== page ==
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This article was published 22/8/2013 (1006 days ago), so information in it may no longer be current.
A sewage lagoon planned near the banks of the Red River has pitted homeowners and the Lake Winnipeg Foundation against the province and a rural municipality north of Winnipeg.
The lagoon, to go on the site of an old dynamite plant in East Selkirk, will discharge treated effluent directly into the Red River, along with carcinogens that could poison fish stocks, critics say.
Manitoba Conservation gave the RM of St. Clements its nod of approval for the project earlier this month.
The province argued the lagoon is a big improvement over the untreated effluent that leaked so often from so many septic fields, that tap water wasn't safe to drink.
Conservation officials contend the lagoon didn't get a free pass -- a private engineering firm and Conservation officials carried out extensive testing for carcinogens and pollutants before Conservation signed off on it this month.
'It's going to be a huge problem for the Red River and for Lake Winnipeg'
"There was no concern that could be met under licensing conditions. It will significantly reduce nutrients going into Lake Winnipeg," said Tracey Braun, Manitoba Conservation's director of environmental approvals.
"The licence has 48 terms and conditions on it. It's a fairly stringent licence," Braun said.
Opponents staged a rally Thursday evening in a bid to gain public support to appeal the licence and halt the project.
"We want everyone to know what's happening here," said Al Prue, the homeowner who's leading the campaign. About 60 people own homes near the area, and most have signed a petition against the lagoon.
"We were outraged a lagoon is going on the Red River like that but (then) we found out it's a contaminated site that could dump into the Red River. It's going to be a huge problem for the Red River and for Lake Winnipeg," Prue said.
The primary concern is not human health, but contaminants left over from the old dynamite factory that could be a danger to fish stocks in the river.
A 2011 engineering report showed the site was contaminated with dinitrotoluenes, which are carcinogenic and toxic.
Adding a layer of complication is a second report conducted this year for the RM as part of the province's environmental assessment process. It concluded there was no evidence of contamination.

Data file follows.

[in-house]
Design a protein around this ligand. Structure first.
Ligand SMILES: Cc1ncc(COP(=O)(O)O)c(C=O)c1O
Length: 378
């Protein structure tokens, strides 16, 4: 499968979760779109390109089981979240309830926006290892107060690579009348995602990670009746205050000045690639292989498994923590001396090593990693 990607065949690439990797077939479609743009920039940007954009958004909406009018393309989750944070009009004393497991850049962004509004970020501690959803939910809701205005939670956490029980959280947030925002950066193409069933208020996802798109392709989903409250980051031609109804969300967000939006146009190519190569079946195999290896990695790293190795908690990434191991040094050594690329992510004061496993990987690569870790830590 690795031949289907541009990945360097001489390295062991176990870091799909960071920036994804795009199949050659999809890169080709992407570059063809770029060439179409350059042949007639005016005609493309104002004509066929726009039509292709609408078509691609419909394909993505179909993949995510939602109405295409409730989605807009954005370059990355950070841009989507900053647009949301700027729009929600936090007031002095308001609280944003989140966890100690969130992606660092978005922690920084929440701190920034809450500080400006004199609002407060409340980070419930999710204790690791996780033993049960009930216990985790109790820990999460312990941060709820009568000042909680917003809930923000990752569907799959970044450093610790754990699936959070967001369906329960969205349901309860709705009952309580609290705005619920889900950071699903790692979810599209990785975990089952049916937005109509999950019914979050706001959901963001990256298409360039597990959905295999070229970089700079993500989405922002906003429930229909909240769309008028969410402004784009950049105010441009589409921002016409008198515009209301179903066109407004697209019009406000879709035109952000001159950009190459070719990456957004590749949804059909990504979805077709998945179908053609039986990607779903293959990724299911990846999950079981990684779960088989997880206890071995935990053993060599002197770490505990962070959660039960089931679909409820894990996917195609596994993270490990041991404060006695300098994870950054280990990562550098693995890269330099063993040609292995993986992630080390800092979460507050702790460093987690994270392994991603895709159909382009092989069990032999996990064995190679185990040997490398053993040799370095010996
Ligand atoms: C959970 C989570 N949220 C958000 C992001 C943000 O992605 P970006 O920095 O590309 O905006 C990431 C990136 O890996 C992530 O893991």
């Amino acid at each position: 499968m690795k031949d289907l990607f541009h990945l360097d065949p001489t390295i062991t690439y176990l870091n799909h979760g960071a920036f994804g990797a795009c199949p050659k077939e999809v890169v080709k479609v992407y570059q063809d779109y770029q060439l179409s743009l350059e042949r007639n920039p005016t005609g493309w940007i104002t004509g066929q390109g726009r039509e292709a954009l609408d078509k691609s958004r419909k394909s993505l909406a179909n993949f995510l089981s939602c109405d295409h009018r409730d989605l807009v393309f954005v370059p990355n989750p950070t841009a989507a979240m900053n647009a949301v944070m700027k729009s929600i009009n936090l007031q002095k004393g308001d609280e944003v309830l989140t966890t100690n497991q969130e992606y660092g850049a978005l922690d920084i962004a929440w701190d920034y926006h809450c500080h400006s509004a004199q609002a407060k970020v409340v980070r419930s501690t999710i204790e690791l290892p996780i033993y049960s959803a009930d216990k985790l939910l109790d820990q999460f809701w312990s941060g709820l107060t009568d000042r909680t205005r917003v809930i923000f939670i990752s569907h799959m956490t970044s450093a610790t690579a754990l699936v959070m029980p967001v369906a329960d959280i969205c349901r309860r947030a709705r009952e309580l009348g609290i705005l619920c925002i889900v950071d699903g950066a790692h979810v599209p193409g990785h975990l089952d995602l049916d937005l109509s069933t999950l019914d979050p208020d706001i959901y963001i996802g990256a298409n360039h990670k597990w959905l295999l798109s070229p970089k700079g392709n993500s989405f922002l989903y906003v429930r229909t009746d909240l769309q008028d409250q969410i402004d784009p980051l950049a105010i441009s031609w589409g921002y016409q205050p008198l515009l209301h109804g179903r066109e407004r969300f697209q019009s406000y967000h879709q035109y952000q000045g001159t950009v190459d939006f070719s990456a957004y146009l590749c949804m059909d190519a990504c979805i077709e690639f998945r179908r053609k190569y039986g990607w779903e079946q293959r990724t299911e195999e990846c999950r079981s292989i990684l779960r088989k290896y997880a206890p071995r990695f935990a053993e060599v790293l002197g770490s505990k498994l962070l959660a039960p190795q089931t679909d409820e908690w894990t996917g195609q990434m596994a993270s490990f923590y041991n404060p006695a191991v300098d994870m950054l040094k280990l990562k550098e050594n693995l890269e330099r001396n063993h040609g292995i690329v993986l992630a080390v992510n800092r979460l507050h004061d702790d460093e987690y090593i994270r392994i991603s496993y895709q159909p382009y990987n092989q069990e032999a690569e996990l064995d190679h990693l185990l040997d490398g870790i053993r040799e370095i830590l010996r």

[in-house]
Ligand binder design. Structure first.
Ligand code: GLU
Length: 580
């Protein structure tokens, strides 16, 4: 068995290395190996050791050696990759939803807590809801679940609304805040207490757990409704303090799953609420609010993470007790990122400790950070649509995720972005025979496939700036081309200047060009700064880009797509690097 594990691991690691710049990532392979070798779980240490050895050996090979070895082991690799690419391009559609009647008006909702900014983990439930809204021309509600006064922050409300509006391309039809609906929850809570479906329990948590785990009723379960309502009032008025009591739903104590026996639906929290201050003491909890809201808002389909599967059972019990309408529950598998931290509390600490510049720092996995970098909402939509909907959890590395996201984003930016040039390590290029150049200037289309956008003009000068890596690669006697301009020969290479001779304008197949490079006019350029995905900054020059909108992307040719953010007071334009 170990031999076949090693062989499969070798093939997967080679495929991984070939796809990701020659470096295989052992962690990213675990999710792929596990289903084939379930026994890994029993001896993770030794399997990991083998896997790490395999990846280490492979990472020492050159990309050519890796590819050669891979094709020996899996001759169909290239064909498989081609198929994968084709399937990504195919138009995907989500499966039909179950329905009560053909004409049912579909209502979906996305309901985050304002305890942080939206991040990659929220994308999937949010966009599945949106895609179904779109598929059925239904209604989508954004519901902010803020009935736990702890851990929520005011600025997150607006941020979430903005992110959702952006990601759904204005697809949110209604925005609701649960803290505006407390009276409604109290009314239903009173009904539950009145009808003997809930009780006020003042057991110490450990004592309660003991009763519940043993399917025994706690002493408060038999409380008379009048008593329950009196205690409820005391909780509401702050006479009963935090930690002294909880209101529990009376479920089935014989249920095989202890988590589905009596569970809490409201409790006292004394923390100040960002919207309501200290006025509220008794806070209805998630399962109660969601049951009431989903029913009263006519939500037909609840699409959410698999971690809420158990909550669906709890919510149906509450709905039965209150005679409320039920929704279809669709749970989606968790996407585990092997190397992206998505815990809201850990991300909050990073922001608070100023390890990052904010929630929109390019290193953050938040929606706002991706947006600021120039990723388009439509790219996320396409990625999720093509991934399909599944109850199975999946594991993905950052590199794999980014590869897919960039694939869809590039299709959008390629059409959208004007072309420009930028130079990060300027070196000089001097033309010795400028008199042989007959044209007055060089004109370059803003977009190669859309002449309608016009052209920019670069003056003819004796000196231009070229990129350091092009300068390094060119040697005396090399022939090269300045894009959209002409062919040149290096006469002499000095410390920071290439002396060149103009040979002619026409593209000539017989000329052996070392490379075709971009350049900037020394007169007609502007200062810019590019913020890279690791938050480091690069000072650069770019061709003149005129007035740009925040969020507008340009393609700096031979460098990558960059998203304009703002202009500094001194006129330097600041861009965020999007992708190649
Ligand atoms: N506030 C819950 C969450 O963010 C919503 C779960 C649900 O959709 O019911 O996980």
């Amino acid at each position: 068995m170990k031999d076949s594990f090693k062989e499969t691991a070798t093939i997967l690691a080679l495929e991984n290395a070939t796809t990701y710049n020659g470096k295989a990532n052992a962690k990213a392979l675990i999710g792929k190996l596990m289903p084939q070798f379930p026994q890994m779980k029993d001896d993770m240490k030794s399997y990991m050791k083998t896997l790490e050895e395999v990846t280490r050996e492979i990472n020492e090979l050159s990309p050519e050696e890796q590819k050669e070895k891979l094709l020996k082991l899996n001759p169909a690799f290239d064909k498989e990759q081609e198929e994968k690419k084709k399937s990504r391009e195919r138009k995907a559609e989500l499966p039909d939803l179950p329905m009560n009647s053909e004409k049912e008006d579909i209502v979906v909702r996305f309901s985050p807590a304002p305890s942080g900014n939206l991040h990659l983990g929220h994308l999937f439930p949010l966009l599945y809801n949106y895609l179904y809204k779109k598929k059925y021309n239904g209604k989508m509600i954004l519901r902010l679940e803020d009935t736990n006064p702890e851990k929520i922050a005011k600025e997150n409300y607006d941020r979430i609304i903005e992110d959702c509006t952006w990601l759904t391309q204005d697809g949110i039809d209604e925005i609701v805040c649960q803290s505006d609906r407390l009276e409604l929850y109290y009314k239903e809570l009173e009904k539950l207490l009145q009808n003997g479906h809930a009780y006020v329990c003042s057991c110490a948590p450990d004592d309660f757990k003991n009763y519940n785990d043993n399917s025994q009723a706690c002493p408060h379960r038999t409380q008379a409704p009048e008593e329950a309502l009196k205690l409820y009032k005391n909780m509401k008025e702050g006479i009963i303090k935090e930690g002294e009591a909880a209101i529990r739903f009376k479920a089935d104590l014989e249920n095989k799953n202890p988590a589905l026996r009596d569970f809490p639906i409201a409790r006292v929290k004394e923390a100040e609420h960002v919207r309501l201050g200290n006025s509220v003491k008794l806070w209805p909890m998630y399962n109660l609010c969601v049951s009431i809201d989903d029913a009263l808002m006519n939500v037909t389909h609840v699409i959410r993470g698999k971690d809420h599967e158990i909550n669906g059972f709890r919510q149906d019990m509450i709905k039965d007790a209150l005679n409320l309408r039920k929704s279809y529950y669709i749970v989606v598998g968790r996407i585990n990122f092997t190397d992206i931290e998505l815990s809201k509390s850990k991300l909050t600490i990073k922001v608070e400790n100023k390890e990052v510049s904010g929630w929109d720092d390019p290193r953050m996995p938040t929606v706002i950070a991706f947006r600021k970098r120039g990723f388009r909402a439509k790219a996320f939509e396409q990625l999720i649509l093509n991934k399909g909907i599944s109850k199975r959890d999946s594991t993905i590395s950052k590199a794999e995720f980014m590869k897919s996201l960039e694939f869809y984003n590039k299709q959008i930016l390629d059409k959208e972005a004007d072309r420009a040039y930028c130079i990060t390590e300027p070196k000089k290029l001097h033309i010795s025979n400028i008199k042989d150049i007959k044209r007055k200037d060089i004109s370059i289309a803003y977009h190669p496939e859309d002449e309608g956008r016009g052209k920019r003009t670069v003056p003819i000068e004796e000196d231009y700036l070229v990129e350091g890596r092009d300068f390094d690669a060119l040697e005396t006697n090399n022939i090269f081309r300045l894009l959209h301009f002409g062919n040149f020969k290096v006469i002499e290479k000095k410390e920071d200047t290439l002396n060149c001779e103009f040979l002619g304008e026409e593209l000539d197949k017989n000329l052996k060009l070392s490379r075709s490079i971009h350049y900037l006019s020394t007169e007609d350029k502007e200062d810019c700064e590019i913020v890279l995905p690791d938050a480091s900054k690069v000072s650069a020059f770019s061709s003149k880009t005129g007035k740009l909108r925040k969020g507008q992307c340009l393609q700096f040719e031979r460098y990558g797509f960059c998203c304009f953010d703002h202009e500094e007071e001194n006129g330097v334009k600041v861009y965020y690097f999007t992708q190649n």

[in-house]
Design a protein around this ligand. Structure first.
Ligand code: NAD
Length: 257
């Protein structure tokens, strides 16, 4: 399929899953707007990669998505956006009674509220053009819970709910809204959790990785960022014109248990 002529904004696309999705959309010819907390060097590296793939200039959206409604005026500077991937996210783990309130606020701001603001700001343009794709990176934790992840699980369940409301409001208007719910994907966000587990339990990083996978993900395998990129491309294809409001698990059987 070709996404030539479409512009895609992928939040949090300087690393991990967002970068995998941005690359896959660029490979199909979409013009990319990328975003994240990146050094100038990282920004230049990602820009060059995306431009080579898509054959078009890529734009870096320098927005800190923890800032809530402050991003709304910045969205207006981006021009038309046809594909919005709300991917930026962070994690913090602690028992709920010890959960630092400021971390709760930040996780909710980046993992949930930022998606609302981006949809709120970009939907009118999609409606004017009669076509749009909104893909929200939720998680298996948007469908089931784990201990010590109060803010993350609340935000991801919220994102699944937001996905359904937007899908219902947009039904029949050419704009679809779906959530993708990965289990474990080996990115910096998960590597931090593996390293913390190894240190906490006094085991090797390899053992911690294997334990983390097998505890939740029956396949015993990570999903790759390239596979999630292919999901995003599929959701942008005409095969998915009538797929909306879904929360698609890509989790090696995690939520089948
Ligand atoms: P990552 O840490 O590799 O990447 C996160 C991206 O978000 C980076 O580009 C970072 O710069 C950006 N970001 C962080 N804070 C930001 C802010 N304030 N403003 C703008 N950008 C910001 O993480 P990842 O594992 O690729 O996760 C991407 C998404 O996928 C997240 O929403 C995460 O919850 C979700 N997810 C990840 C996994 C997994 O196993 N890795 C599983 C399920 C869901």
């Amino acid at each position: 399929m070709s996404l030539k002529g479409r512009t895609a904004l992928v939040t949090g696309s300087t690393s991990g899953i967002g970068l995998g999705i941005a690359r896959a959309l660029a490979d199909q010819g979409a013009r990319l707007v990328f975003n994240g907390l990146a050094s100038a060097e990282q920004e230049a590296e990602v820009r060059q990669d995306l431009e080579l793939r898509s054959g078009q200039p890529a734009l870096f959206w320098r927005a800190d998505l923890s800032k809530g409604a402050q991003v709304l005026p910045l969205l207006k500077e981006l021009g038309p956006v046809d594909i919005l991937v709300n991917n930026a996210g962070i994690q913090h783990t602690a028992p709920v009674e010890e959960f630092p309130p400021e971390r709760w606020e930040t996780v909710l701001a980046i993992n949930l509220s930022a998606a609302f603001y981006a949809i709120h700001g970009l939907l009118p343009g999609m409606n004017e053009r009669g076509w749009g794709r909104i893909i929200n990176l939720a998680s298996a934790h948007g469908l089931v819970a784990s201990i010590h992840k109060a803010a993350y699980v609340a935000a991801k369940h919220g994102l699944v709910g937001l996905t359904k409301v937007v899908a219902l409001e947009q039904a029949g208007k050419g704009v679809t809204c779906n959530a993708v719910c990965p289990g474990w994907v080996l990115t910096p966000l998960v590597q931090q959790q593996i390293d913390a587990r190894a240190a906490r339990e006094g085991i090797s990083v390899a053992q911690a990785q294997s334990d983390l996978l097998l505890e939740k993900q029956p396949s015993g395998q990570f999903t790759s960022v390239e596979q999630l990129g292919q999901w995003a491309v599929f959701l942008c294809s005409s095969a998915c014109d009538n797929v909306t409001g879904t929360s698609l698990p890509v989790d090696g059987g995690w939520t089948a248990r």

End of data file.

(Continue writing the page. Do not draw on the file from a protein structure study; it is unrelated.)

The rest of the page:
Homeowner Dennis Petaski, whose father was a contract worker in the 1950s at the former CIL explosives plant, was suspicious about that inconsistency. Petaski took both reports to experts for an explanation.
Petaski said an expert with the Environmental Protection Agency in the United States warned him the latest tests -- for the provincial licence -- hadn't been done properly: The chemicals wouldn't have shown up, even though in all likelihood they are still there, Petaski said.
That may explain why people who don't live in the area are worried.
"We do have concerns about this proposed lagoon," said Lake Winnipeg Foundation outreach co-ordinator Vicki Burns.
She said the foundation was disappointed when the Clean Environment Commission turned down its calls for an inquiry into the project.
The foundation argued the lagoon poses three major risks to the Red River and Lake Winnipeg.
"First of all, it's very close to the edge of the river, less than a half mile from the banks," Burns said. "Number two, it's an old dynamite-manufacturing site and according to the initial report, those carcinogens are still in the ground. If they leak, they could pose a danger to fish."
Finally, the type of lagoon poses a greater risk than other kinds of lagoons. Burns said effluent could leach into the river, adding more nutrients to feed blue-green algae blooms that threaten Lake Winnipeg.
St. Clements Mayor Steve Strang dismissed the concerns Thursday.
He said he'd like to see a lagoon filtered through wetlands at the site, the kind Burns proposes. It's similar to one the RM built at Grand Marias. But this current plan is all the RM can afford.
Even so, the lagoon will pose less of a risk than a sewage-treatment plant where accidental discharges are a bigger concern, the mayor insisted.
"We're doing everything possible to ensure that site is safe, otherwise our council wouldn't have approved it," the mayor said.